THE GIRL ON THE TRAIN, by Paula Hawkins: really great suspense novel. Kept me up most of the night. The alcoholic narrator is dead perfect.— Stephen King (@StephenKing) January 26, 2015
He's right, of course. I've only read the first 35 pages, the free sample from Barnes and Noble, and got hooked from the opening paragraph, a kind of prologue before the book starts in earnest, telling its tale from the point of view of three women: Rachel, Megan, Anna, in alternating, but not uniformly so, chapters.
"She's buried beneath a silver birch tree, down towards the old train tracks, her grave marked with a cairn. Not more than a little pile of stones, really. I didn't want to draw attention to her resting place, but I couldn't leave her without remembrance. She'll sleep peacefully there, no one to disturb her, no sounds but birdsong and the rumble of passing trains."I'm especially psyched because film AND stage producer Mark Platt (Wicked, Into the Woods, Drive to name a few) picked it up before the thriller even hit the shelves. He's just hired Erin Cressida Wilson to adapt; Wilson is known for Secretary a 2002 adaptation of a short story by Mary Gaitskill and the screenplay for last year's Men, Women and Children from the novel by Chad Kultgen. So it's a fantastic book en route to the big screen, potentially for release this year, but that's if they move super fast. What could make me happier? I've been too busy getting my Wolf Hall Wednesday stuff together to get out to a bookstore — and since this is a page turner, I've decided I want to turn actual pages — so in the meantime, here's how the booksellers sum it up:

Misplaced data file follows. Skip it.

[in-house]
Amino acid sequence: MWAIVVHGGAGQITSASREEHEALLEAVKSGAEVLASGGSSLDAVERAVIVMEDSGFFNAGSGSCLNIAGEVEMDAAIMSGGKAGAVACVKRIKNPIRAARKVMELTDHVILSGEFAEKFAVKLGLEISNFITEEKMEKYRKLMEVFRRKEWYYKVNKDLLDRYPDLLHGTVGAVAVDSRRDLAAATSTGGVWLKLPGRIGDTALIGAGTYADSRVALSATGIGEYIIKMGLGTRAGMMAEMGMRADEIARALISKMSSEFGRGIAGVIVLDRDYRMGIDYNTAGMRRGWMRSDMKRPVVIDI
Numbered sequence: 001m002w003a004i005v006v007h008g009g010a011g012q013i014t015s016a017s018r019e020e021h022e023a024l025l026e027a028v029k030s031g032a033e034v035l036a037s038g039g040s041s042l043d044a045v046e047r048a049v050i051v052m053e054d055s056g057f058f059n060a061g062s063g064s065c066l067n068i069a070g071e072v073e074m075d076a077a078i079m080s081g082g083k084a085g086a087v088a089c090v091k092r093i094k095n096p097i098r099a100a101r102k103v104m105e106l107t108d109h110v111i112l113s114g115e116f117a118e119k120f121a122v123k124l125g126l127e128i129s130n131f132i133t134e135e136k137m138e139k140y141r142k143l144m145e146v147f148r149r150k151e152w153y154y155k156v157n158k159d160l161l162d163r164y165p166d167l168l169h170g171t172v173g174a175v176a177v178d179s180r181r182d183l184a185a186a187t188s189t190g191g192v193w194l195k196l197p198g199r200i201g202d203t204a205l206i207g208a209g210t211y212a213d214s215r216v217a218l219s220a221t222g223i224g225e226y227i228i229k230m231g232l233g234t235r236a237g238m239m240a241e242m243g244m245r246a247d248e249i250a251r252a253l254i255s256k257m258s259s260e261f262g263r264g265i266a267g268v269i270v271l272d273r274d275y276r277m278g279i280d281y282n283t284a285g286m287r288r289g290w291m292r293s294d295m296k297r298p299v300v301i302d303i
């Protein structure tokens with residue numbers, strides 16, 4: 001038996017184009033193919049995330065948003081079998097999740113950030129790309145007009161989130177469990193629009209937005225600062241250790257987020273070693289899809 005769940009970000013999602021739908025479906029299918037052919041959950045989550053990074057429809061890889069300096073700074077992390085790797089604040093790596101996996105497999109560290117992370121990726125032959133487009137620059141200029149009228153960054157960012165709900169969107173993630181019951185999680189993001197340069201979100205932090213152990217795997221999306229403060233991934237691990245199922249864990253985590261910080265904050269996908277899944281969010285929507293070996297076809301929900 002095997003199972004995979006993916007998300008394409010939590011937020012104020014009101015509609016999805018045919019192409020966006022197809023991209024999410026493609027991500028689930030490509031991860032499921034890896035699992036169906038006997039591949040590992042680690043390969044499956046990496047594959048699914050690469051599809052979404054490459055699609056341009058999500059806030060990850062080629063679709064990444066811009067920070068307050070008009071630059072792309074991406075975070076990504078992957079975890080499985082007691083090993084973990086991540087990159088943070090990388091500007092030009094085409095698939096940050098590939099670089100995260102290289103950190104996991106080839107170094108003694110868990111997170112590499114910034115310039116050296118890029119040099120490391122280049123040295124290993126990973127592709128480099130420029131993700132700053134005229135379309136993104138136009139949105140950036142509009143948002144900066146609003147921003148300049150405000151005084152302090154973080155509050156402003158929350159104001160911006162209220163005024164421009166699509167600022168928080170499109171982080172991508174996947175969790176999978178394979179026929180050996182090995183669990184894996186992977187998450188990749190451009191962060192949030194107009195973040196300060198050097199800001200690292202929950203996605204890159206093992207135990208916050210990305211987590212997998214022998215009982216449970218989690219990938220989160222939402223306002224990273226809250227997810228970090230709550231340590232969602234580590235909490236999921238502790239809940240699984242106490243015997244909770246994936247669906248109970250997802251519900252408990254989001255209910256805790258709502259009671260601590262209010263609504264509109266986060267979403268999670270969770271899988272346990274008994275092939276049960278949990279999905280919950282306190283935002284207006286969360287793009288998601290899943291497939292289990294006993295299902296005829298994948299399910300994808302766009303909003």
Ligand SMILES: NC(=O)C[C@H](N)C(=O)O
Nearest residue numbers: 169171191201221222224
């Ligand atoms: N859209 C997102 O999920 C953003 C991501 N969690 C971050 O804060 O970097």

A debut psychological thriller that will forever change the way you look at other people's lives.“Gripping, enthralling—a top-notch thriller and a compulsive read.”—S. J. Watson, New York Times–bestselling author of Before I Go to SleepRachel takes the same commuter train every morning. Every day she rattles down the track, flashes past a stretch of cozy suburban homes, and stops at the signal that allows her to daily watch the same couple breakfasting on their deck. She’s even started to feel like she knows them. “Jess and Jason,” she calls them. Their life—as she sees it—is perfect. Not unlike the life she recently lost.And then she sees something shocking. It’s only a minute until the train moves on, but it’s enough. Now everything’s changed. Unable to keep it to herself, Rachel offers what she knows to the police, and becomes inextricably entwined in what happens next, as well as in the lives of everyone involved. Has she done more harm than good?Compulsively readable, The Girl on the Train is an emotionally immersive, Hitchcockian thriller and an electrifying debut.
Have you got your copy yet? Are you loving it too?